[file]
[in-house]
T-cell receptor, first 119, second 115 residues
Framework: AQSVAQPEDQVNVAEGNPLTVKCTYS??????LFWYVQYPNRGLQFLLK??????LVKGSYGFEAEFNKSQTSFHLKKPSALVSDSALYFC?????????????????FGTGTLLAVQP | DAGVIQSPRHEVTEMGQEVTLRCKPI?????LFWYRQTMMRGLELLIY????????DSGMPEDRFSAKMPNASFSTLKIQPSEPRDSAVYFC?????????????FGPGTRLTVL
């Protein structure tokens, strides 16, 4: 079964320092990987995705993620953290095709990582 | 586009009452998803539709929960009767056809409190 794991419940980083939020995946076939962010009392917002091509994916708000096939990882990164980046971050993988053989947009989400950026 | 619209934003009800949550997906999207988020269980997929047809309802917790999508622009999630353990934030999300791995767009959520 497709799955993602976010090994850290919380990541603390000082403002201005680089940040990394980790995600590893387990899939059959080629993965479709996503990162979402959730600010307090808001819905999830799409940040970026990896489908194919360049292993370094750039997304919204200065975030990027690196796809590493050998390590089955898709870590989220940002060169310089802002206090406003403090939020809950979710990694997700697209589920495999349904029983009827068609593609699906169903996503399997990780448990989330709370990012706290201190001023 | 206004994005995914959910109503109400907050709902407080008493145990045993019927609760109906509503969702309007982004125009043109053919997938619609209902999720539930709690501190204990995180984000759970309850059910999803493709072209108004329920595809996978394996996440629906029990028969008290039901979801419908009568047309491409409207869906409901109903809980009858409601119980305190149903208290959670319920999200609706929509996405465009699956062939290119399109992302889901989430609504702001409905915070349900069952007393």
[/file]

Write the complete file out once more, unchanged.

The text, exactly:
[in-house]
T-cell receptor, first 119, second 115 residues
Framework: AQSVAQPEDQVNVAEGNPLTVKCTYS??????LFWYVQYPNRGLQFLLK??????LVKGSYGFEAEFNKSQTSFHLKKPSALVSDSALYFC?????????????????FGTGTLLAVQP | DAGVIQSPRHEVTEMGQEVTLRCKPI?????LFWYRQTMMRGLELLIY????????DSGMPEDRFSAKMPNASFSTLKIQPSEPRDSAVYFC?????????????FGPGTRLTVL
């Protein structure tokens, strides 16, 4: 079964320092990987995705993620953290095709990582 | 586009009452998803539709929960009767056809409190 794991419940980083939020995946076939962010009392917002091509994916708000096939990882990164980046971050993988053989947009989400950026 | 619209934003009800949550997906999207988020269980997929047809309802917790999508622009999630353990934030999300791995767009959520 497709799955993602976010090994850290919380990541603390000082403002201005680089940040990394980790995600590893387990899939059959080629993965479709996503990162979402959730600010307090808001819905999830799409940040970026990896489908194919360049292993370094750039997304919204200065975030990027690196796809590493050998390590089955898709870590989220940002060169310089802002206090406003403090939020809950979710990694997700697209589920495999349904029983009827068609593609699906169903996503399997990780448990989330709370990012706290201190001023 | 206004994005995914959910109503109400907050709902407080008493145990045993019927609760109906509503969702309007982004125009043109053919997938619609209902999720539930709690501190204990995180984000759970309850059910999803493709072209108004329920595809996978394996996440629906029990028969008290039901979801419908009568047309491409409207869906409901109903809980009858409601119980305190149903208290959670319920999200609706929509996405465009699956062939290119399109992302889901989430609504702001409905915070349900069952007393």